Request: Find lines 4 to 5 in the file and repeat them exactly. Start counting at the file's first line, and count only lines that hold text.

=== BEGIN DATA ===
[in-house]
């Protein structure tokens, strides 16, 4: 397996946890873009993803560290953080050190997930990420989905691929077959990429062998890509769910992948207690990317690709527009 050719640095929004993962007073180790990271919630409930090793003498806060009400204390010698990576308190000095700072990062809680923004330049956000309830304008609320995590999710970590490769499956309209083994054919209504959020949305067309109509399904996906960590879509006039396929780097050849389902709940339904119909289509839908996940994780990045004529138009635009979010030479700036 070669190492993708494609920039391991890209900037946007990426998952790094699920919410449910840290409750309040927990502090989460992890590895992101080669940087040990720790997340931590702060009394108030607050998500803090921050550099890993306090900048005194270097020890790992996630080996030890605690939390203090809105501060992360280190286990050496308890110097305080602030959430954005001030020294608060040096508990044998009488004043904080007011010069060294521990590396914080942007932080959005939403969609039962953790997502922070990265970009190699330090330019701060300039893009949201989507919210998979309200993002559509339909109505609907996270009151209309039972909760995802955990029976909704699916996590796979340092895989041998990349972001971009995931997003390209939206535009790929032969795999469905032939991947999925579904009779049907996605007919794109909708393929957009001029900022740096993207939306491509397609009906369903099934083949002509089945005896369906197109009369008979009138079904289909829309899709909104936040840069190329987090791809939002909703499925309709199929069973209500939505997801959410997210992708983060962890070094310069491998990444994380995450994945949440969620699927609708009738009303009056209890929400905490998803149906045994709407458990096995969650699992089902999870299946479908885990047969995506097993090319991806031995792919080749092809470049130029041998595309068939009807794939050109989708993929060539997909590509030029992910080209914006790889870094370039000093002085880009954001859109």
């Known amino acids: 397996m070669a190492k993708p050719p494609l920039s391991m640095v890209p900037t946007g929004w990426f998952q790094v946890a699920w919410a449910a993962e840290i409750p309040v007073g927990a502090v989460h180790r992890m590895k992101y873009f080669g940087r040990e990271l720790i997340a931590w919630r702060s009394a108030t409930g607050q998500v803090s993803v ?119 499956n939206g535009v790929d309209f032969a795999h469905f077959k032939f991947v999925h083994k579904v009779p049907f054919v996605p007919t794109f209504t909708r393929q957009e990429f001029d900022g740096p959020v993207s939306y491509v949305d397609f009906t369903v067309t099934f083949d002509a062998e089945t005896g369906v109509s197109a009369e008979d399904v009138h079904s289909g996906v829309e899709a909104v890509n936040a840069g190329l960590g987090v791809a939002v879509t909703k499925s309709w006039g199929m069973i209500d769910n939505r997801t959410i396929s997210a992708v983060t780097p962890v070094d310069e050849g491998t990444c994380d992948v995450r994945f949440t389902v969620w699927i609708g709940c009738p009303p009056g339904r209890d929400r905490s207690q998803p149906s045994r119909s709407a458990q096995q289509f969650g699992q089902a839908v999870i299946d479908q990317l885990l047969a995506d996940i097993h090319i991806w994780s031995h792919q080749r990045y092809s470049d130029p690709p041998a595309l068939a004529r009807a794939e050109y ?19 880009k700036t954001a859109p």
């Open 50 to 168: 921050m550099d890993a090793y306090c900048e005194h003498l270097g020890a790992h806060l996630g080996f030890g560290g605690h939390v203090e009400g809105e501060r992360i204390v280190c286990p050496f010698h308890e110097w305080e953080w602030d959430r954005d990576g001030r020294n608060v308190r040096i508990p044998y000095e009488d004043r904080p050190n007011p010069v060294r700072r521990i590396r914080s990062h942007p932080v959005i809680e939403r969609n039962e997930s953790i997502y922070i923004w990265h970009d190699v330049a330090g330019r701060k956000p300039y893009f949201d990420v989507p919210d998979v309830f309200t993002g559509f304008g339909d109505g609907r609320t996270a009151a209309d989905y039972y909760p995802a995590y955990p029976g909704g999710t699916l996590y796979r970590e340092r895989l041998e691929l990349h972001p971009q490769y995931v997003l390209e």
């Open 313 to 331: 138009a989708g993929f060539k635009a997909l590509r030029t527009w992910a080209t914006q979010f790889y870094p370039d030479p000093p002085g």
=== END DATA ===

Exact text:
């Open 50 to 168: 921050m550099d890993a090793y306090c900048e005194h003498l270097g020890a790992h806060l996630g080996f030890g560290g605690h939390v203090e009400g809105e501060r992360i204390v280190c286990p050496f010698h308890e110097w305080e953080w602030d959430r954005d990576g001030r020294n608060v308190r040096i508990p044998y000095e009488d004043r904080p050190n007011p010069v060294r700072r521990i590396r914080s990062h942007p932080v959005i809680e939403r969609n039962e997930s953790i997502y922070i923004w990265h970009d190699v330049a330090g330019r701060k956000p300039y893009f949201d990420v989507p919210d998979v309830f309200t993002g559509f304008g339909d109505g609907r609320t996270a009151a209309d989905y039972y909760p995802a995590y955990p029976g909704g999710t699916l996590y796979r970590e340092r895989l041998e691929l990349h972001p971009q490769y995931v997003l390209e």
């Open 313 to 331: 138009a989708g993929f060539k635009a997909l590509r030029t527009w992910a080209t914006q979010f790889y870094p370039d030479p000093p002085g």